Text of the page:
), I worked with the cast on a couple of “hot topics” of major differences. The first one was about the health care bill that just passed. I wish I had a true conservative in the studio. Instead, one member of the cast took on the role of a woman who thought of the bill as “Un-American” and undermining freedom. The other cast member took on the role of a Brit (which she is) who is strongly advocating for health care as a universal right. Together we worked on how to reach mutual understanding instead of arguing and trying to convince each other. Both were surprised, in the end, to recognize that they had shared values despite opposing views.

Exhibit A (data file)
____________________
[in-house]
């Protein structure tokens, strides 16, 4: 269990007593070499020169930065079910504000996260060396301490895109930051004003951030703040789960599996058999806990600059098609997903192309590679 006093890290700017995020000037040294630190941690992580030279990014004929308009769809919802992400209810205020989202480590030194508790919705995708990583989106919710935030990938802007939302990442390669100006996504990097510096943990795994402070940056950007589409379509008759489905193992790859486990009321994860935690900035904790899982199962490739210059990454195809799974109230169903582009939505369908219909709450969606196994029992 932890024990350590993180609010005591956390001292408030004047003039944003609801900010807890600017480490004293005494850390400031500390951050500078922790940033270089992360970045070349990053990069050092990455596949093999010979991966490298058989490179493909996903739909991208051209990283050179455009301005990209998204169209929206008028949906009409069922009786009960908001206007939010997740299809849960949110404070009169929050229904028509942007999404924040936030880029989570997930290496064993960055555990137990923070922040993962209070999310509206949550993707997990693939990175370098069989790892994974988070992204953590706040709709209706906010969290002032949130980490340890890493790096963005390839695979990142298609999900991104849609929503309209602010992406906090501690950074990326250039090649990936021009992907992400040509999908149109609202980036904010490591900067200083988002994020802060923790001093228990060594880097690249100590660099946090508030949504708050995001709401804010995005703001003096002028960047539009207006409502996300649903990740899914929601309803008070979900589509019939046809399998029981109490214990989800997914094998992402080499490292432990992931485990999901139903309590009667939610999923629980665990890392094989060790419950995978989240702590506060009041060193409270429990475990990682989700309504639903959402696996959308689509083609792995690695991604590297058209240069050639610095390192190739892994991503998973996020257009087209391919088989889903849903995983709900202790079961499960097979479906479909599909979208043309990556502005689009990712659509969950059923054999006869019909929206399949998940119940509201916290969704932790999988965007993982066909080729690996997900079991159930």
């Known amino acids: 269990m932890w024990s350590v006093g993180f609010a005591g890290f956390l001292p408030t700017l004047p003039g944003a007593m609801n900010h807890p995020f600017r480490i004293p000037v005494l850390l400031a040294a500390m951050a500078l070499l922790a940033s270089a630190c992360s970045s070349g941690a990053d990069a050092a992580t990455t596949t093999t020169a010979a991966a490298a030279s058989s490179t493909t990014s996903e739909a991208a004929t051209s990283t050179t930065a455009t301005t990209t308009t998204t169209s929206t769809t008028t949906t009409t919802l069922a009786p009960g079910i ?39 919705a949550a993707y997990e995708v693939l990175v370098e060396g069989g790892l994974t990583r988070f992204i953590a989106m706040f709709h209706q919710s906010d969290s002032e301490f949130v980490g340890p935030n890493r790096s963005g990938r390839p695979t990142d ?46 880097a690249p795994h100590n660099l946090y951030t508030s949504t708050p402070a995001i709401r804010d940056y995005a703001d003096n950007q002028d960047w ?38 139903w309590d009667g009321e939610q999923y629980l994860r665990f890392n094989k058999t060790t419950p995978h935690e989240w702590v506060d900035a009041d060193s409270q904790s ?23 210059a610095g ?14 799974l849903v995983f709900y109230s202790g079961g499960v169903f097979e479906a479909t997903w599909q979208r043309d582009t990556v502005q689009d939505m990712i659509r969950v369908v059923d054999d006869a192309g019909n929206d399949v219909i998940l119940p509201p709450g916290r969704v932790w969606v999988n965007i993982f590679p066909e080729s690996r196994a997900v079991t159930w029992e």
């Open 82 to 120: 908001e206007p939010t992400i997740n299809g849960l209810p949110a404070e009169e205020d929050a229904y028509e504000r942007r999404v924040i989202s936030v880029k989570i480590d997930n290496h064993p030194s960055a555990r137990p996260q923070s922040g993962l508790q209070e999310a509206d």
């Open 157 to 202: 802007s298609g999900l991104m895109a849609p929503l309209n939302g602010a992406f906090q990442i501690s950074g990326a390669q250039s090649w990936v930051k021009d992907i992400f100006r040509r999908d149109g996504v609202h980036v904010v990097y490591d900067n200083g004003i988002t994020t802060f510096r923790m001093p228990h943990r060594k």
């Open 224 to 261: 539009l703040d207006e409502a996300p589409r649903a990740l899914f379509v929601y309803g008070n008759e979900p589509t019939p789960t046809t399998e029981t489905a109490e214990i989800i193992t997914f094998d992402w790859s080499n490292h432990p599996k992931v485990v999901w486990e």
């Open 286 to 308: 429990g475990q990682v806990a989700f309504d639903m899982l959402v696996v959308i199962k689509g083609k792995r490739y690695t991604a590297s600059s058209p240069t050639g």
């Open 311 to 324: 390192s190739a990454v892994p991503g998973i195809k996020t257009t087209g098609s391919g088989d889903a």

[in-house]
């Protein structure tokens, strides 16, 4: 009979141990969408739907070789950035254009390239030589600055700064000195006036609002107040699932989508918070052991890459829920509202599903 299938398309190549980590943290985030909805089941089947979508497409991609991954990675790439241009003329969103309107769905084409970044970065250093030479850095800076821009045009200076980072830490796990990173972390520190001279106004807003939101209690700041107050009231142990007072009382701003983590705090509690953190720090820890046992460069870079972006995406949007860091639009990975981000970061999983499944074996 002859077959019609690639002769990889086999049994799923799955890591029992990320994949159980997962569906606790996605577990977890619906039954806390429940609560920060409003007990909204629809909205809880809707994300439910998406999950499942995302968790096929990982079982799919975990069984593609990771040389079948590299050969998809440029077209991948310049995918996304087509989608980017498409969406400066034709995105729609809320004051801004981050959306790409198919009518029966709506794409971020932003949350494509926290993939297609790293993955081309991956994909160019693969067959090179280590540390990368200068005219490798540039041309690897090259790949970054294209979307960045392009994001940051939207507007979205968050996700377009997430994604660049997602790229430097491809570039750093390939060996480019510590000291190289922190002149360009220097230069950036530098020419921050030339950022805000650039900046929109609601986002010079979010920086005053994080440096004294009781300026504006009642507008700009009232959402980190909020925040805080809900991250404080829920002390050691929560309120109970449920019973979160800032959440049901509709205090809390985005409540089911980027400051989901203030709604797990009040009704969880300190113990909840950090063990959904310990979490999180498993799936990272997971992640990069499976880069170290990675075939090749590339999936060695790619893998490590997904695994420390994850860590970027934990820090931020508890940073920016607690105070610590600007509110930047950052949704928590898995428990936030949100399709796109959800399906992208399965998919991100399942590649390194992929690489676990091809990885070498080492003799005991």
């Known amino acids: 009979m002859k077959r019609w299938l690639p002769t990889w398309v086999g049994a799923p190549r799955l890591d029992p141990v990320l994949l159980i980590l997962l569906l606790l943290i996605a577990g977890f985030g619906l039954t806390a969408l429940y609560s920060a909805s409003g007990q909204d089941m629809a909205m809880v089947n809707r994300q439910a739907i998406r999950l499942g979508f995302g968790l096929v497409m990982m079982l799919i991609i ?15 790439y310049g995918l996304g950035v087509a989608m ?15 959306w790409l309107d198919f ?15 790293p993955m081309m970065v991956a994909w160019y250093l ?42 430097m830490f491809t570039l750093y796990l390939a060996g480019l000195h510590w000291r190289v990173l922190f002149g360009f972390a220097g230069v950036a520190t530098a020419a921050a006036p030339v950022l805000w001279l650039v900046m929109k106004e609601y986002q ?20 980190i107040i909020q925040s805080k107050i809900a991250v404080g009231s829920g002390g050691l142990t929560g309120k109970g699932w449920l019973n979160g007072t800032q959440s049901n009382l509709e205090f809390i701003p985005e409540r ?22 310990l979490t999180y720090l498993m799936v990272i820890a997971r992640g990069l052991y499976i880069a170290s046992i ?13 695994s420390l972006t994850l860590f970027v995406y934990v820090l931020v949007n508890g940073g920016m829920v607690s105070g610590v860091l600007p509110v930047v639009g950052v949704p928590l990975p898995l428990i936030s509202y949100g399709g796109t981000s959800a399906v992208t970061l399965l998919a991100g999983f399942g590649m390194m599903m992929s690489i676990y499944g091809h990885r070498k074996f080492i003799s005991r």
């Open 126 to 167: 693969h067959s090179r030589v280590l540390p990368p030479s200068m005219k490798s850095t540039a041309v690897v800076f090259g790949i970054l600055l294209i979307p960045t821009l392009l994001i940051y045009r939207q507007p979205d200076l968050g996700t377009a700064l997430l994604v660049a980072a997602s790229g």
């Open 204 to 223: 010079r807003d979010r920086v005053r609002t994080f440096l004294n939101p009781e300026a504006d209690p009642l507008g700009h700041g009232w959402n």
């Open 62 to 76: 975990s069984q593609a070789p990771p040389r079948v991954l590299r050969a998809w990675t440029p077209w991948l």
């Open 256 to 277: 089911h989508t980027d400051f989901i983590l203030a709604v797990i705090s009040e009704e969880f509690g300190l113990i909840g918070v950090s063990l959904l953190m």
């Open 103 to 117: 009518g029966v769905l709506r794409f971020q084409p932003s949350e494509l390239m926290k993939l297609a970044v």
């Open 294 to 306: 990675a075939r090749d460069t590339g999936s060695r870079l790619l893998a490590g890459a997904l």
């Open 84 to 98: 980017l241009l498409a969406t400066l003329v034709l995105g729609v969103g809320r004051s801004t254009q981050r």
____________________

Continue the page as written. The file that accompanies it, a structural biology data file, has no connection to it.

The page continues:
If Helen Smith, or anyone else who is Conservative and sees this post, is up for dialogue, I would be honored and touched. I mourn the fact that, as she says, I live in a bubble, with little that would bring me in contact with Conservatives. I mourn the fact that in order to teach empathy for Conservatives I must conjure up role plays instead of live dialogues. I hope she takes me up, because I want what I have learned about empathy to support healing the rift between the Right and the Left in this country. Yes, there are core differences as Haidt points out in his careful research. Yes, it may be that Conservatives are more able to empathize with Liberals than the other way around. I still maintain that we can connect across our differences. We may not immediately find ways to come closer on specific issues, but we can see our shared humanity, appreciate the struggles we face in understanding each other, and emerge with more humility and goodwill.